2. When did people stop being responsible for themselves? If it looks dangerous, don’t go there! To contemplate incarcerating executives for 20 years who may be so removed from daily operations that they have no idea of the dangers is Obamic.

    Obamic: websters defines Obamic as having no fricken brains and being grounded in socialism. See also unions and cowering to unions ….

  3. There has been a law on the books here in California since 1990, it is nicknamed as “Be a Manager, go to Jail”. It is similar to what she is introducing…… Everyone was
    bent out of shape when it was signed into law, same arguments as you are hearing here. Since then I’ve only hear of one case were they went after a Manager, a person was killed in this case. After 8 years of GW administration of dumbing down any enforcement against businesses, you should expect changes to go the other directions.
    The vast majority of businesses try to provide a safety work environment for their employees, it only makes financial sense. But there will be a few that need to have a stick to force them into compliance.

  4. This law isn’t for companies who are forthright and have a reasonable level of integrity. It’s for those either don’t understand the law or those who ignore the law. It’s for those companies who provide incentives for accellerated production without considering the consequences of what might happen if their Superintendents & Foremen take advantage of their control over worker’s safety and bypass safety rules. There has to be consequences for any level of management that does not control safety & health issue prudently particularly if their actions result in a workers death.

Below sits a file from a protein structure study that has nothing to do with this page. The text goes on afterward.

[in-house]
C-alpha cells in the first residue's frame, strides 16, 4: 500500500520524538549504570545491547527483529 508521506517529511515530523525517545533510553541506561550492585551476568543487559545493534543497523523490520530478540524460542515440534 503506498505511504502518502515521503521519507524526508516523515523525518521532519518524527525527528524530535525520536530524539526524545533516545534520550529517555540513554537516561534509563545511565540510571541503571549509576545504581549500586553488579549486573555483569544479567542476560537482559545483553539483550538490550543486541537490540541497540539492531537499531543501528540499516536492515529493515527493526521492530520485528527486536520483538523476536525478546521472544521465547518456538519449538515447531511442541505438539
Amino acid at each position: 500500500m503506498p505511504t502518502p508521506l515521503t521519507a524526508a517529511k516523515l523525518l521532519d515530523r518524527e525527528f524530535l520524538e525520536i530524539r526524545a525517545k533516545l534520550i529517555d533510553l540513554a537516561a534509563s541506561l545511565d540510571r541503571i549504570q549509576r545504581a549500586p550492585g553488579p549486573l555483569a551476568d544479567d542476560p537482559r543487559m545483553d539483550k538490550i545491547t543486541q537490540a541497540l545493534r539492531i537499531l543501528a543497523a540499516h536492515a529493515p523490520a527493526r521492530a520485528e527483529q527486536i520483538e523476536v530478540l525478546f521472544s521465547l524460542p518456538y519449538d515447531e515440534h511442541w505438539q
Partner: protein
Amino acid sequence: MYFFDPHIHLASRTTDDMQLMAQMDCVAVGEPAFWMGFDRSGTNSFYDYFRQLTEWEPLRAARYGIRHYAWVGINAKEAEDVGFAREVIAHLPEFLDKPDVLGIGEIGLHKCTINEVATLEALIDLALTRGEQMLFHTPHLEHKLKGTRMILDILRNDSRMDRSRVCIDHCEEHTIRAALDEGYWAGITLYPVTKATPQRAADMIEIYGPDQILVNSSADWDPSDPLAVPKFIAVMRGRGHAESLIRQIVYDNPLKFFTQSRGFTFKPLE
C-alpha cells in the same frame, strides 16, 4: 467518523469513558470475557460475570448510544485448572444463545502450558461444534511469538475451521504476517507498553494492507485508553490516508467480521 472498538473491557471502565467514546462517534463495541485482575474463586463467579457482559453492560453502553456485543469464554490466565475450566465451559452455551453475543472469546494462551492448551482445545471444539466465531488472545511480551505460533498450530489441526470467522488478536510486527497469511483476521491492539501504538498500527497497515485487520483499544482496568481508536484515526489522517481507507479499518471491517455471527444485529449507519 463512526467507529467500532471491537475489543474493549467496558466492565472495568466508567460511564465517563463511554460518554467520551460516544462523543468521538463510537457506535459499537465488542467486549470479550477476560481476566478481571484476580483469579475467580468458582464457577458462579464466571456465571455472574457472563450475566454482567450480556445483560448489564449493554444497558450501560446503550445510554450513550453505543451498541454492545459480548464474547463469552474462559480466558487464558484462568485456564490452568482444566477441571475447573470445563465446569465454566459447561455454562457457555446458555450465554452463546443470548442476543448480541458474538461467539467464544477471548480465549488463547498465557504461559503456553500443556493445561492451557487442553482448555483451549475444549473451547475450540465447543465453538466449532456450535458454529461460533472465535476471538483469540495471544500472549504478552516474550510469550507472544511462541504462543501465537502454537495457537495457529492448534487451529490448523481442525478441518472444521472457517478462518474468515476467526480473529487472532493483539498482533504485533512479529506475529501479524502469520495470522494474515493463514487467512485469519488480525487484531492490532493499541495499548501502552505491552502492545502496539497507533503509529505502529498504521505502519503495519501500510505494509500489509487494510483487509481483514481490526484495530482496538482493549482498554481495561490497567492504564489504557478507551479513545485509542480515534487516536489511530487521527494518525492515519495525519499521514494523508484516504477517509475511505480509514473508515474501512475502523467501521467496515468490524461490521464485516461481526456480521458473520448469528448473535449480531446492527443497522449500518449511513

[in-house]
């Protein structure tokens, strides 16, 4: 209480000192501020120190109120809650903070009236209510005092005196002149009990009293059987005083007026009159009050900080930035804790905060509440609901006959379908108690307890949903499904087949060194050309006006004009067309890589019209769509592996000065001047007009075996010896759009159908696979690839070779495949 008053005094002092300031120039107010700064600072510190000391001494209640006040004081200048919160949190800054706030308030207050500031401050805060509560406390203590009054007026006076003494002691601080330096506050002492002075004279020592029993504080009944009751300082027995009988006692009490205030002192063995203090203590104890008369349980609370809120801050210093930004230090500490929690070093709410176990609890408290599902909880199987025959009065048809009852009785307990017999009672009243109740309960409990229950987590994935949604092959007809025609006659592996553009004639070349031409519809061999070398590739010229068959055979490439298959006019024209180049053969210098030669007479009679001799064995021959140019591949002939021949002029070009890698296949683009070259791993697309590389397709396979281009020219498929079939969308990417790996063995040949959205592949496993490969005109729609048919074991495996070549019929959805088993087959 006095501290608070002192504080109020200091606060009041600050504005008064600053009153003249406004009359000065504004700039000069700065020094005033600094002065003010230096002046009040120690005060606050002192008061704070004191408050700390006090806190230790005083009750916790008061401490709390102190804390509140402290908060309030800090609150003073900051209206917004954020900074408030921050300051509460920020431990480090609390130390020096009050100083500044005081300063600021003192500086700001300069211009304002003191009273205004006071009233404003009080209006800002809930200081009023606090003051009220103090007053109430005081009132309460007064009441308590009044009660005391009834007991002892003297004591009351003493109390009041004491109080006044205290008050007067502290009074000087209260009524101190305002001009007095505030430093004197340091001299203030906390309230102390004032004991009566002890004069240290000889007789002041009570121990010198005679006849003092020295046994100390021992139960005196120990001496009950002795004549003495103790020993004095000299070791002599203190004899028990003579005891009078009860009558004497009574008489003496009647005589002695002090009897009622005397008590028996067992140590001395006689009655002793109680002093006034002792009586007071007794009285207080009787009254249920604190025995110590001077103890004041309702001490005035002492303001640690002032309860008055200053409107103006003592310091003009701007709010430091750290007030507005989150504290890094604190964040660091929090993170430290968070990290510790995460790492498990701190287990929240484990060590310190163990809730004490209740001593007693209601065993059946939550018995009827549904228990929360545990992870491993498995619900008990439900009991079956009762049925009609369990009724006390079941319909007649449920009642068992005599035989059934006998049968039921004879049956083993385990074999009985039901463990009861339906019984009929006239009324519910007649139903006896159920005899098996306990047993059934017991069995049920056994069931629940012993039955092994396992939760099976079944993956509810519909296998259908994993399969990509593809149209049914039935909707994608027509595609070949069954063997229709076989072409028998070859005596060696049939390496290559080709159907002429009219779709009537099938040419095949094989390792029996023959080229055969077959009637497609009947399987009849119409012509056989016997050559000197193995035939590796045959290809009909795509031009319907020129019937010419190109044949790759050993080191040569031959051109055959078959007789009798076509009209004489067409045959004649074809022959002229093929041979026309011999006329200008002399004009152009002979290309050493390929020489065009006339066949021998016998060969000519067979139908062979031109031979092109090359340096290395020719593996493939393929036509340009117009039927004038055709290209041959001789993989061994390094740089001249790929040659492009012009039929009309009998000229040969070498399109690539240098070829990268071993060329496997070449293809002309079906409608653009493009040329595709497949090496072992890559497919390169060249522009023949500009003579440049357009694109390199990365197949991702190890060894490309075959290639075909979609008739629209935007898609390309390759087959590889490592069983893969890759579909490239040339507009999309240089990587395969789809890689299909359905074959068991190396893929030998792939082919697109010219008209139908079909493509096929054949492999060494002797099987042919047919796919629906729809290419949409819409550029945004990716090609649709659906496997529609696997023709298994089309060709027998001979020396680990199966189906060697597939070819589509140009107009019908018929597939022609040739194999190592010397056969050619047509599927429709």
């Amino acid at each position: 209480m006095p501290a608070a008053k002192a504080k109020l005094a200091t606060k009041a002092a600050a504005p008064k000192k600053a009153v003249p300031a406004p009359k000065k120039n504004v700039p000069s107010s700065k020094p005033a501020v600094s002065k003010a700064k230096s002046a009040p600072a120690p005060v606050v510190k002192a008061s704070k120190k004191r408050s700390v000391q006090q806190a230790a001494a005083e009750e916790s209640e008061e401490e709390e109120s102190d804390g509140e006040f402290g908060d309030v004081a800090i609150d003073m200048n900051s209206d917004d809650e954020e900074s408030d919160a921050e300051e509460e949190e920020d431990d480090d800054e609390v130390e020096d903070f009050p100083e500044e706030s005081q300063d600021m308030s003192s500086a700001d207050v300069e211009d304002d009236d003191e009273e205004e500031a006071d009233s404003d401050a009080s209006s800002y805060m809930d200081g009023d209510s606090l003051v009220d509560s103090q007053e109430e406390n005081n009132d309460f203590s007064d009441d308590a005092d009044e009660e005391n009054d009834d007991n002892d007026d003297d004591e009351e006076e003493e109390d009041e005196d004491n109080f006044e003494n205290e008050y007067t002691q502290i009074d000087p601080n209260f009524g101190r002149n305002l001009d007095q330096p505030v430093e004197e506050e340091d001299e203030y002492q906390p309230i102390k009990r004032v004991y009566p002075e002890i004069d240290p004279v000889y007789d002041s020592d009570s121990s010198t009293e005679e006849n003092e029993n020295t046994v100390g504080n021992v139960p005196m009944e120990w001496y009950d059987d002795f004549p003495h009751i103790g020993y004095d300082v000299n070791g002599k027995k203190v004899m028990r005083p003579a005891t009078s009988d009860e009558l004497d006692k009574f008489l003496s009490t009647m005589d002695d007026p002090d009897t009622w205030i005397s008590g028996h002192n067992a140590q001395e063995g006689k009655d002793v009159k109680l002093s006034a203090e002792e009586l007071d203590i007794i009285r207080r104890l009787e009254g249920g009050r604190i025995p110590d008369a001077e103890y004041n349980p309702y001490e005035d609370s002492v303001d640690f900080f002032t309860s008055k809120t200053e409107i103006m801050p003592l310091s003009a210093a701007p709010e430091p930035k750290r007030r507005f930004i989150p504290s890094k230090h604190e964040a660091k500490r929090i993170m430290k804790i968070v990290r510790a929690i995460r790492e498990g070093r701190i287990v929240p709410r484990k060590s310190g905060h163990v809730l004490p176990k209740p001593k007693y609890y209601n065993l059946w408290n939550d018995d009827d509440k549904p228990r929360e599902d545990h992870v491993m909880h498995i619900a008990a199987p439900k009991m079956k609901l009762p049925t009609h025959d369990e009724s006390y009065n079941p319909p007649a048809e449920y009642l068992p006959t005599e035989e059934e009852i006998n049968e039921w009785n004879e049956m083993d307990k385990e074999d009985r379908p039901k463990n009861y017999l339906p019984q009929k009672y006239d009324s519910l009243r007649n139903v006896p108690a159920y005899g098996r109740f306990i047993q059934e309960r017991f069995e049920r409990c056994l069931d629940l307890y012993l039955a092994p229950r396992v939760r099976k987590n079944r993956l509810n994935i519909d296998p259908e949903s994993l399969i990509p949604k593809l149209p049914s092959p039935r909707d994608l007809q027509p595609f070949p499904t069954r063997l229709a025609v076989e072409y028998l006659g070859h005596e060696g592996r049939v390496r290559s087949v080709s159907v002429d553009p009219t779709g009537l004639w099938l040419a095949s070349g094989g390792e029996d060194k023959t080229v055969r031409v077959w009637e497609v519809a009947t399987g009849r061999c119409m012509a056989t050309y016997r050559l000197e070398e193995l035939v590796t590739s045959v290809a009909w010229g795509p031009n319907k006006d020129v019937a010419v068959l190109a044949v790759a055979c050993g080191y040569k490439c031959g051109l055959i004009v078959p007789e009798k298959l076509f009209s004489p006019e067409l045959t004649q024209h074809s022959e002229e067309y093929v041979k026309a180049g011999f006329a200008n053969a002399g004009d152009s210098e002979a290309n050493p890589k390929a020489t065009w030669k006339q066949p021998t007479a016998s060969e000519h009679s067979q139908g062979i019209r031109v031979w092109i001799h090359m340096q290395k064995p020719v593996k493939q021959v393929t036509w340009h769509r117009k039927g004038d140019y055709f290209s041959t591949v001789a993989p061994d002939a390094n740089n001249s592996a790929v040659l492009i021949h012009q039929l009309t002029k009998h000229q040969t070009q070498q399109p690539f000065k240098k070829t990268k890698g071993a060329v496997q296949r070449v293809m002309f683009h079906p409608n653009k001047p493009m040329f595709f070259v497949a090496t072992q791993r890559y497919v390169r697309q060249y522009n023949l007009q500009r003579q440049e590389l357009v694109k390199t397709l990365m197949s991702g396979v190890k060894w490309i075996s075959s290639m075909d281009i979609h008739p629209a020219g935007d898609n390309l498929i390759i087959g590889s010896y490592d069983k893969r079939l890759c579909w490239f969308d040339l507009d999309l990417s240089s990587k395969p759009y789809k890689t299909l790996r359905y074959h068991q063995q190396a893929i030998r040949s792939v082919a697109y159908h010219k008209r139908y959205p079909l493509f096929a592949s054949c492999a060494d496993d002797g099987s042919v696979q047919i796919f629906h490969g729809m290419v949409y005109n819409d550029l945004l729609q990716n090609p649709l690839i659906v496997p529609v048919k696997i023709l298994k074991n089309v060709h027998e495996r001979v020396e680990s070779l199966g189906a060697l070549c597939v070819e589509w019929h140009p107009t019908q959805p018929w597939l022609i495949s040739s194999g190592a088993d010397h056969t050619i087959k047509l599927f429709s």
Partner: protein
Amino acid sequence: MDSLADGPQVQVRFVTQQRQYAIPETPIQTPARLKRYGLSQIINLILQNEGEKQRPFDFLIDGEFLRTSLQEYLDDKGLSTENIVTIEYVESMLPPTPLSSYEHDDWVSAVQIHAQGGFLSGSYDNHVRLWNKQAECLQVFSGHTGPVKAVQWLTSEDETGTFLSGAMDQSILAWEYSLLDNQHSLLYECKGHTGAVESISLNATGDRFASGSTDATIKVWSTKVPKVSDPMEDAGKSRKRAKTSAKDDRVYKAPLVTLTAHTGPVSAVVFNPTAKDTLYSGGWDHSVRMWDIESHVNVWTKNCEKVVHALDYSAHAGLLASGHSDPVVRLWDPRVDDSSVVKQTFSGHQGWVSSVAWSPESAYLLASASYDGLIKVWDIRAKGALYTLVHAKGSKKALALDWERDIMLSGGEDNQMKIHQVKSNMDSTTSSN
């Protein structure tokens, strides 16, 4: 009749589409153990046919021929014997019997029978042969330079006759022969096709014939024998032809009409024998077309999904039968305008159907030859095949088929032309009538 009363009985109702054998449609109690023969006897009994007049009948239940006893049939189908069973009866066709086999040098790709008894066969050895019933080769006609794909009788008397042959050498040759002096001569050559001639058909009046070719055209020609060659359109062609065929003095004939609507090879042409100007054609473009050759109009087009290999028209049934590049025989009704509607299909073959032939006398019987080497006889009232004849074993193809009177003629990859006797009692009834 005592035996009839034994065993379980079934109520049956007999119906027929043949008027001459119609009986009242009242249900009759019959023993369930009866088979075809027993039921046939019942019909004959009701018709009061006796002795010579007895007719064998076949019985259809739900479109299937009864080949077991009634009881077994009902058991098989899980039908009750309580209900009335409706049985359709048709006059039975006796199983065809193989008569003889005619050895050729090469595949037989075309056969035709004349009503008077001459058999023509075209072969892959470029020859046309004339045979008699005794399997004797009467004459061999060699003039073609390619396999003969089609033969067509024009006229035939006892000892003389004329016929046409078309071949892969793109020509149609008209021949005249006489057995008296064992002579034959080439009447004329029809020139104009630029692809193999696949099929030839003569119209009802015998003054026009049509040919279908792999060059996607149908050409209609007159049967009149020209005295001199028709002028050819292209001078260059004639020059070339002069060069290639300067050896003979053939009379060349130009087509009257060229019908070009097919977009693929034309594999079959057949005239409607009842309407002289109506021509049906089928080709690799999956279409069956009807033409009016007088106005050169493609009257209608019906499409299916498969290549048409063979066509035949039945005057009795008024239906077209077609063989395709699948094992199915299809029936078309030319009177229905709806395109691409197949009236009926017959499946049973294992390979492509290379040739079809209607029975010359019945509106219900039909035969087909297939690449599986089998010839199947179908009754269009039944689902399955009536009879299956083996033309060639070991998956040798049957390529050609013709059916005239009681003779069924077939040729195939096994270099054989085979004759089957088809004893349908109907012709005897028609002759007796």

5. John MacIntyre

    I would go along with this bill, if they also fine and put in jail some of the so called professional who work in construction, but continue to work in unsafe conditions even when the construction company demands and supplies all of the safety equipment on a project..

  6. I think that if this bill passes it could be misused. I am in favor of punishing those companies that knowingly put their employees in harms way. But I think we can predict that a prosecutor will not think twice about prosecuting a company or its managers whether the company does care and takes measures to try to provide a safe working environment for its employees. Companies can provide safe procedures, proper personal protective equipment, training and disciplinary actions but sometimes that does not stop that employee from taking a shortcut that might prove fatal. The employee needs to be also held responsible for their actions. It would be nice if OSHA could fine the employee if the investigation shows that the employee was negligent. Than those employees might take notice if it hits them in the pocket.